As procurement professionals delve more deeply into supply market intelligence and the research that is involved, a particular irony becomes evident: the more information is produced (think Internet) and digested, the harder it is to retain and recall it when needed the most. Luckily, there are knowledge management processes that procurement departments can put into place once supply market intelligence is collected, analyzed and documented.
Along this same line, but with a slight twist, is an interesting post written by Lifehacker’s Herbert Lui that looks at retaining information on a personal level, especially from written passages or quotes that teach lessons. Lui writes,” Although we can learn a lot of great information from books, articles, interviews, and conversations, we naturally forget a lot of it. Create a system to regularly remind you of lessons you’ve already learned.” Lui lists three simple steps and recommends tools to use. In summary:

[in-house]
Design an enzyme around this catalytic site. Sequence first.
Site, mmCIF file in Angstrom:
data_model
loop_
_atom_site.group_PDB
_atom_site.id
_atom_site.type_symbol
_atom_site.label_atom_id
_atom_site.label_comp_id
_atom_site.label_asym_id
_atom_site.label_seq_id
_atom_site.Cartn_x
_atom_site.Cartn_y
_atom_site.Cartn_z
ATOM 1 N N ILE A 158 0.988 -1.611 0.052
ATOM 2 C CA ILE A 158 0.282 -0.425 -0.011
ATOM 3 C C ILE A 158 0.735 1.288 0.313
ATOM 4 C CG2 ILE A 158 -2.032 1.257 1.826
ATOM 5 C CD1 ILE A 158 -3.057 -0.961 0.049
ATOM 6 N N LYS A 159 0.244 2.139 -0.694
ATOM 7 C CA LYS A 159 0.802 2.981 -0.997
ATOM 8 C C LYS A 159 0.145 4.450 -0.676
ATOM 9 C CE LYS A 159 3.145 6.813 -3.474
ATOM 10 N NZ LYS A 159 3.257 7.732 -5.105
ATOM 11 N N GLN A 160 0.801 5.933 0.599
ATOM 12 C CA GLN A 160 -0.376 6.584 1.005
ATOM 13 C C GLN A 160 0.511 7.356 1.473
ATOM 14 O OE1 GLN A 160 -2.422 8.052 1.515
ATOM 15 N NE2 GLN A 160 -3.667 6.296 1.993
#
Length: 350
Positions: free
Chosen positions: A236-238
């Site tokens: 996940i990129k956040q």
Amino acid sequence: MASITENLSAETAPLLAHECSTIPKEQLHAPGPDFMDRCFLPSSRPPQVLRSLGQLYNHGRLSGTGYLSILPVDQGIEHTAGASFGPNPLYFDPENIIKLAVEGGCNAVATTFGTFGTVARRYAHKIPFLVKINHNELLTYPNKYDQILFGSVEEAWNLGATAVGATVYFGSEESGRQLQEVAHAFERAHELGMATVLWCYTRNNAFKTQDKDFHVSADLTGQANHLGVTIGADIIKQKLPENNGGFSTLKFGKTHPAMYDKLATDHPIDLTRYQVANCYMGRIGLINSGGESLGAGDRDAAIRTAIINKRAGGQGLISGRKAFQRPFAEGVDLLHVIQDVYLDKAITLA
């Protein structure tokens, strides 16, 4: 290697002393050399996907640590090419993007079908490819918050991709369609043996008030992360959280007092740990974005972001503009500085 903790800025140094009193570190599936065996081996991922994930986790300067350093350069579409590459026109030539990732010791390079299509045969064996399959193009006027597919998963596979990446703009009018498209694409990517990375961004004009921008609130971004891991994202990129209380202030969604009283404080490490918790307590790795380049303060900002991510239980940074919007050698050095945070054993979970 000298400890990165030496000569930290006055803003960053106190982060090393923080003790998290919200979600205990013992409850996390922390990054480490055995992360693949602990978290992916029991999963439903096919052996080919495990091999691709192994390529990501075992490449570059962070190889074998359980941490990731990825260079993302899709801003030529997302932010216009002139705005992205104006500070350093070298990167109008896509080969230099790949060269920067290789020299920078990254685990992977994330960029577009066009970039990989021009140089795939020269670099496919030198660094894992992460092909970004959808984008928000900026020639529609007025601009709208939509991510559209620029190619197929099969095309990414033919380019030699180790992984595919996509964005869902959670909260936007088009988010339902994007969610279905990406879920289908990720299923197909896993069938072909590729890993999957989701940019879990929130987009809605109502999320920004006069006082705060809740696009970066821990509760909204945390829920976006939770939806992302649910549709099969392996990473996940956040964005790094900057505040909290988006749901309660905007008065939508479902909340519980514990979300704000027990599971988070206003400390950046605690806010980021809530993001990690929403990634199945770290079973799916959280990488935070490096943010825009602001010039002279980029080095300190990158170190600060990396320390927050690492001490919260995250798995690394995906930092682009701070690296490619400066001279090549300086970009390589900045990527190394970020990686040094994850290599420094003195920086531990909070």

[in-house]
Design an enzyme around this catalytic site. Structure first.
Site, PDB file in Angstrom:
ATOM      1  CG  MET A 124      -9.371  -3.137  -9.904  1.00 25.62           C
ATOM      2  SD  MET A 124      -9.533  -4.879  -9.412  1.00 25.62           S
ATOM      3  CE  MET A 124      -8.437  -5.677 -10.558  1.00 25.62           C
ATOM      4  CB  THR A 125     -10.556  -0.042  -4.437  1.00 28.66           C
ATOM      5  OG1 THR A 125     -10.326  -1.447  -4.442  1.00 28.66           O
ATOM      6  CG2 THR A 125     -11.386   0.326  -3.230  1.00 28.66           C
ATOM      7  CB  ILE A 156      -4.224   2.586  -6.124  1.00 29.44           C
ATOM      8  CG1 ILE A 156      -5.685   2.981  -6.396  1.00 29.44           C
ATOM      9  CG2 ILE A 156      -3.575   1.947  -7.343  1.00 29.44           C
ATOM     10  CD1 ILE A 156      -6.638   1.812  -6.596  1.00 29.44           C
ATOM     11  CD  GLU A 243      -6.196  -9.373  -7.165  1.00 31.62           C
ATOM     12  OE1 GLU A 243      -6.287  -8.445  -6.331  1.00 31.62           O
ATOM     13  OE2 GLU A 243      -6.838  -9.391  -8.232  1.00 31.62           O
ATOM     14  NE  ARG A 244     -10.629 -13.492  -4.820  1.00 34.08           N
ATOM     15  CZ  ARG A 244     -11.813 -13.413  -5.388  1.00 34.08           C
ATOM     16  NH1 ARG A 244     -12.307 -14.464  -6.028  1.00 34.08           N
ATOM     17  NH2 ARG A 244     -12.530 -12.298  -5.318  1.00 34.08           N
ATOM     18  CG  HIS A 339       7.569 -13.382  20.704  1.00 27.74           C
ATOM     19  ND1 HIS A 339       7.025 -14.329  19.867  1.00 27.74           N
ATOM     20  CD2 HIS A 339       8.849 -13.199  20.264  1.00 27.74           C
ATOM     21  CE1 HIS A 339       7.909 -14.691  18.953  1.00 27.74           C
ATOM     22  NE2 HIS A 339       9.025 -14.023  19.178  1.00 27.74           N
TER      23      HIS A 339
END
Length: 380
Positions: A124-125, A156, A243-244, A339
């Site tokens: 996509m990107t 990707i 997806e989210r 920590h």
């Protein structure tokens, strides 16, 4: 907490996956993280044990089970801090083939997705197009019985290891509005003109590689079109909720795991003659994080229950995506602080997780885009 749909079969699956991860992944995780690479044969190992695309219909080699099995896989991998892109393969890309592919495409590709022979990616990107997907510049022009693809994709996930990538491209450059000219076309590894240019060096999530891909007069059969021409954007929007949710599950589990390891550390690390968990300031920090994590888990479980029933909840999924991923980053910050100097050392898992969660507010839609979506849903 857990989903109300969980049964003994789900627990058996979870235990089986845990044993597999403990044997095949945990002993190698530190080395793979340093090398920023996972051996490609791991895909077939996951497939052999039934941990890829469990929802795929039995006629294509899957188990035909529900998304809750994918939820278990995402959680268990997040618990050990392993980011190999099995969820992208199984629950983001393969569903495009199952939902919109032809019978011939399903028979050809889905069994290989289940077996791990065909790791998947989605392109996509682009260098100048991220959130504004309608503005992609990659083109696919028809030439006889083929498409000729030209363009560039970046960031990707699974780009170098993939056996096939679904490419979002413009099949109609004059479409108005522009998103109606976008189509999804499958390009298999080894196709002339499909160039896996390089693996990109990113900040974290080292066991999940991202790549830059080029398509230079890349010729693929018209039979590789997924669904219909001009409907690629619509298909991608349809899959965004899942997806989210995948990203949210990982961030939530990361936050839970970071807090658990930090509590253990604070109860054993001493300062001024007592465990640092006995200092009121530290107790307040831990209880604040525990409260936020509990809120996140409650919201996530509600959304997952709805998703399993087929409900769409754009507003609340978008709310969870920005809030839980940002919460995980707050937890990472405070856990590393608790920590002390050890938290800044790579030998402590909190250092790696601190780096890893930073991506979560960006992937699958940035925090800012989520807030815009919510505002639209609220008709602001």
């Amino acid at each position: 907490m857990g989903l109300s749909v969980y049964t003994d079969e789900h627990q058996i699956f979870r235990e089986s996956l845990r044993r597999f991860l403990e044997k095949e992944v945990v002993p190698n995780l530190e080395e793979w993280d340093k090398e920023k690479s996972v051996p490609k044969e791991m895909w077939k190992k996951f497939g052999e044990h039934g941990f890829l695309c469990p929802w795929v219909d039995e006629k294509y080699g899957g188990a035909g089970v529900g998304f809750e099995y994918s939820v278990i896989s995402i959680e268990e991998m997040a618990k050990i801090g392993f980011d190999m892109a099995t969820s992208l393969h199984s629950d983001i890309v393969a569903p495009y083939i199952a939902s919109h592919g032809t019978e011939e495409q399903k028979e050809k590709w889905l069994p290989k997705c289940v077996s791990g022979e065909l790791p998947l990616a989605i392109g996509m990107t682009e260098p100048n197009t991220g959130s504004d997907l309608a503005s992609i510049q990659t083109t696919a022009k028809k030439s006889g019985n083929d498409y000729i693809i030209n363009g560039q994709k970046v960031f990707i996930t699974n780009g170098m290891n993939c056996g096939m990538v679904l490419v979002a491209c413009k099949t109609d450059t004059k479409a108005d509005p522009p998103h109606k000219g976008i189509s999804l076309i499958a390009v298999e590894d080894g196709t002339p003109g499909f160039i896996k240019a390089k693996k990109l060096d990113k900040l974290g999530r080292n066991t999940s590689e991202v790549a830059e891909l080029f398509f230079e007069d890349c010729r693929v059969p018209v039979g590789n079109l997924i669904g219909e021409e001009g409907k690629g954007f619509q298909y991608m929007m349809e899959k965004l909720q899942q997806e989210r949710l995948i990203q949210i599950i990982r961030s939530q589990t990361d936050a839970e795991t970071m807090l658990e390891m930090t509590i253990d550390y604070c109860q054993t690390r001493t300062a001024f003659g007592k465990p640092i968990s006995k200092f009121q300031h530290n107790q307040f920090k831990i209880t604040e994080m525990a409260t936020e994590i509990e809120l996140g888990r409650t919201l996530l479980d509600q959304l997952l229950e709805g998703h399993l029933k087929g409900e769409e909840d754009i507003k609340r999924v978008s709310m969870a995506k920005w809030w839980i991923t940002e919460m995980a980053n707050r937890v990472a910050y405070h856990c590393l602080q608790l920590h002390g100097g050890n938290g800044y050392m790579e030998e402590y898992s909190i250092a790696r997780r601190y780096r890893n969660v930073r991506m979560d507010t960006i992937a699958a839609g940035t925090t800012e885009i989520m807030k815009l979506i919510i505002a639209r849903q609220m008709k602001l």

1) Take Notes As You Read
Tools to use include a commonplace book (a book containing excerpts from other books), and an Idea Index (categorize interesting ideas as you read). In addition, digitize written notes using Evernote, Google Keep, or Simplenote (and tag your notes with relevant keywords).
2) Review The Information
You can do what author Ramit Sethi does: Set aside a block of time every 4-6 weeks to review highlights of books/articles. Also, “take the information and use it in your daily conversations when they fit.”
3) Trigger Lessons With Mementos
“Objects can trigger ideas and memories….Each situation or experience comes with different mementos. For example, you could print quotes that have resonated with you and stick them on your wall as constant reminders. “